Plastic vs Terra Cotta?

by Meredith
(Williamstown, MA)

All of my phals were in plastic pots and most had beginning to be soft roots. So... I just put most of them in terra cotta knowing I will need to water more. Should I use the ice cube advice manufacturers give or soak them once a week?

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Jul 24, 2011
My Thoughts On Plastic and Terra Cotta for Phals.
by: Melissa

Hi Meredith,

Thanks for your great question.

I have most of my Phals. in plastic pots and do not really have a problem with "soft" roots.

Mostly I get issues with rotting roots if: 1) I water too much (which I don't do!). Or 2) if the pot it is in does not drain sufficiently. This does not happen any more because I always check and provide good drainage for Phals.

I prefer the clear plastic orchid pots for my Phals. but have them in green plastic, terra cotta and on mounts very successfully. By very successfully I mean they thrive and bloom.

The only issue I find with terra cotta (other than the one you mentioned about needing a little more water because they are more porous) is that when re-potting I need to soak the plant more to carefully be able to remove the roots from the pot. Because the terra is porous, the roots tend to stick to the pot and require a fair bit of soaking and some careful coaxing to get them to come loose without breaking them.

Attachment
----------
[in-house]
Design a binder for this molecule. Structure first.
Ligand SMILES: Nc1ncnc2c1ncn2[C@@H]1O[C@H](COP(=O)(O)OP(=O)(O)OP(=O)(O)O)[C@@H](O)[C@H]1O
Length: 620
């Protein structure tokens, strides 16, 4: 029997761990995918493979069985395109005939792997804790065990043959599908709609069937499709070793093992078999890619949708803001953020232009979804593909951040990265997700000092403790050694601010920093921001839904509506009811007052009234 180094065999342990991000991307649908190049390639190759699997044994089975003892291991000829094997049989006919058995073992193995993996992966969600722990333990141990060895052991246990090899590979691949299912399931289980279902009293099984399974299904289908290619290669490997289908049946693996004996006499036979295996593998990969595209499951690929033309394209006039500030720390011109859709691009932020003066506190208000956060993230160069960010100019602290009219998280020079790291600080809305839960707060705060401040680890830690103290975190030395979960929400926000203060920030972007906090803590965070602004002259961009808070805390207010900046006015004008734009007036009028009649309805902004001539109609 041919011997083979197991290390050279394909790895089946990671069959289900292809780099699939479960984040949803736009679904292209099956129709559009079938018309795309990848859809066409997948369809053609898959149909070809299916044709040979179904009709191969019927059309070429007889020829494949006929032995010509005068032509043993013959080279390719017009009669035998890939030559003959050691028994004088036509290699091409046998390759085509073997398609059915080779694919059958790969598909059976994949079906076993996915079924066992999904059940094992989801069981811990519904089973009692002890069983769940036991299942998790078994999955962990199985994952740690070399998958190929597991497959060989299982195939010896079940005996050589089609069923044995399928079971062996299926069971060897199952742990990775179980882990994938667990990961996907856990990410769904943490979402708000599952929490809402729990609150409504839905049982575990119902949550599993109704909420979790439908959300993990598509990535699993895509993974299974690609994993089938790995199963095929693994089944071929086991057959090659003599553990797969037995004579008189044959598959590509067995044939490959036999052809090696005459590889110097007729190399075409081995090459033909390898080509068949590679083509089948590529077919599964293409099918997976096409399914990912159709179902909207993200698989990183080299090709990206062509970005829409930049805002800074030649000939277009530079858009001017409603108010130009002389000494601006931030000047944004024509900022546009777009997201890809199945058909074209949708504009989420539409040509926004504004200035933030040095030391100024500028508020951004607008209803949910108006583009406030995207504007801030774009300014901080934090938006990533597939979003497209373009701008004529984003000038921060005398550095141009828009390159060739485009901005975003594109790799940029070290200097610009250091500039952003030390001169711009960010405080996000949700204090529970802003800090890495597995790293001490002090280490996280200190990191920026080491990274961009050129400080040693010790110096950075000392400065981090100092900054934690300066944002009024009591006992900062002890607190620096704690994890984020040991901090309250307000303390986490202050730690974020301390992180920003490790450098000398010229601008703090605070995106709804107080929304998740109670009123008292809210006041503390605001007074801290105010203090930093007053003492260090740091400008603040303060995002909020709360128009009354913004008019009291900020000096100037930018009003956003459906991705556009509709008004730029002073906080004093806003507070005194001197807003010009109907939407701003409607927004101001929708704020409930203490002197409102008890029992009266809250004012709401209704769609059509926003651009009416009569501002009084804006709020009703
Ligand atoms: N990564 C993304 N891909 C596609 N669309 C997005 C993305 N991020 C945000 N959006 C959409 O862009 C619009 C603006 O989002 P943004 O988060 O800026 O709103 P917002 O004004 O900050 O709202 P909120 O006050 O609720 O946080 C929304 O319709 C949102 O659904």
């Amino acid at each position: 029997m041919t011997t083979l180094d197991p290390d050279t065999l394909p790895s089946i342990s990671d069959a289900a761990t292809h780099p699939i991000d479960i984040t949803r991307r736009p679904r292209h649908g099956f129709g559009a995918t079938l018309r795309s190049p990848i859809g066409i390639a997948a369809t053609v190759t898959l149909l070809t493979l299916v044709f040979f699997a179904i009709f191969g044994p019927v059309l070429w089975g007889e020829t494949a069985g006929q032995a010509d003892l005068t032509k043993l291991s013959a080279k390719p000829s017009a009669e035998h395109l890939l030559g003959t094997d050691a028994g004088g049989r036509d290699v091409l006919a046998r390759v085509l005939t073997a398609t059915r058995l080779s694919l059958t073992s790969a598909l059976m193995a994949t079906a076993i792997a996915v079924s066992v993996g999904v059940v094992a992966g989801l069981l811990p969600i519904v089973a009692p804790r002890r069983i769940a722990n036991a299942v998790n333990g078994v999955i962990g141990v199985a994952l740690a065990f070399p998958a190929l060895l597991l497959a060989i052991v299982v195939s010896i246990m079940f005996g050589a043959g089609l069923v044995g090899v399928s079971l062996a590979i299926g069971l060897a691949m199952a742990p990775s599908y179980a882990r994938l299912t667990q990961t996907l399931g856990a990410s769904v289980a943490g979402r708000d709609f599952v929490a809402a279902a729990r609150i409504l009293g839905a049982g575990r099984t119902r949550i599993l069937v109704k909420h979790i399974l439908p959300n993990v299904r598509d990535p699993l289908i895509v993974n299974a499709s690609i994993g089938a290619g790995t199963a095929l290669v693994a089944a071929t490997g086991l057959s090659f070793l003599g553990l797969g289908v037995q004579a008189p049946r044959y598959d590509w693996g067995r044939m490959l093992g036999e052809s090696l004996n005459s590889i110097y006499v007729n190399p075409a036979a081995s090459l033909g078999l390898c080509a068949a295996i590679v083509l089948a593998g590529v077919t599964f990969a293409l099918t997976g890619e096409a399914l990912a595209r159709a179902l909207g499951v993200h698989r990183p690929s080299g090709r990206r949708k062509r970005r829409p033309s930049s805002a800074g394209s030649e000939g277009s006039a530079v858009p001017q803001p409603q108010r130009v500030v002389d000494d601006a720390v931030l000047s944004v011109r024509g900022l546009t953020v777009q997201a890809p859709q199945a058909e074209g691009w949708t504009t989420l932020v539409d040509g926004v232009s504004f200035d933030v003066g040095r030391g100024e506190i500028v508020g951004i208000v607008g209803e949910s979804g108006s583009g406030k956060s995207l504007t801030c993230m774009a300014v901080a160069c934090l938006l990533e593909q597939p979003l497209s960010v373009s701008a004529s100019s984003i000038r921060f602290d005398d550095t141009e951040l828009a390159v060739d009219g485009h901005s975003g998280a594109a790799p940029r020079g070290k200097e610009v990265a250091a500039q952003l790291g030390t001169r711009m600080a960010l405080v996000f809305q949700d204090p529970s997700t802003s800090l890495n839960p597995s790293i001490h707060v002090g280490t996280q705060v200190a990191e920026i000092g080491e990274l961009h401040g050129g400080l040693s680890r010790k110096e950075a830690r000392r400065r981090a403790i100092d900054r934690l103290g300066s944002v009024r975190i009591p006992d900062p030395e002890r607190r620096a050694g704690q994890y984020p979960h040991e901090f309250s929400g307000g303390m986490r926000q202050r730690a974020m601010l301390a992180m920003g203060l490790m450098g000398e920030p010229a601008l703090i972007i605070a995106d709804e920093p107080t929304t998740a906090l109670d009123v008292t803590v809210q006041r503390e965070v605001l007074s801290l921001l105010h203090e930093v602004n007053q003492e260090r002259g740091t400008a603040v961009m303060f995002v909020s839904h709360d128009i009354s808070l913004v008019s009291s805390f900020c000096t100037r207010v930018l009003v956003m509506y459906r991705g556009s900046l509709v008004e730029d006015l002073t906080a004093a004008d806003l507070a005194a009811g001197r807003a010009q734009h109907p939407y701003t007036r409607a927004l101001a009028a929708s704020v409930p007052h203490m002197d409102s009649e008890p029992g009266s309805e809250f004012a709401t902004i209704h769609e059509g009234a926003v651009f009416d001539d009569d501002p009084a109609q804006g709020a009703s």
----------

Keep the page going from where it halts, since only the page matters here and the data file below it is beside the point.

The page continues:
I would go with the watering once a week senerio. I REALLY discourage you from using the ICE CUBE METHOD of watering Phalaenopsis. I do not care what the growers say on a tag. The ice cube method is in my way of thinking a lazy and not very good approach. I think it is a simple way to encourage those that might be intimidated by orchids to consider buying one as it is so easy to do.

I do not think it provides enough water for the plants and nowhere in the wild do Phals grow where they are watered with water just above freezing. When the ice cubes melt the water is still VERY cold.

Don't do it that way. Put your plants in a sink or somewhere where you can run water through them a few times and then put them back in their growing place.

Perhaps water once a week is too much (and of course less in winter) in your given situation.

Just a thought.

Good luck with it.


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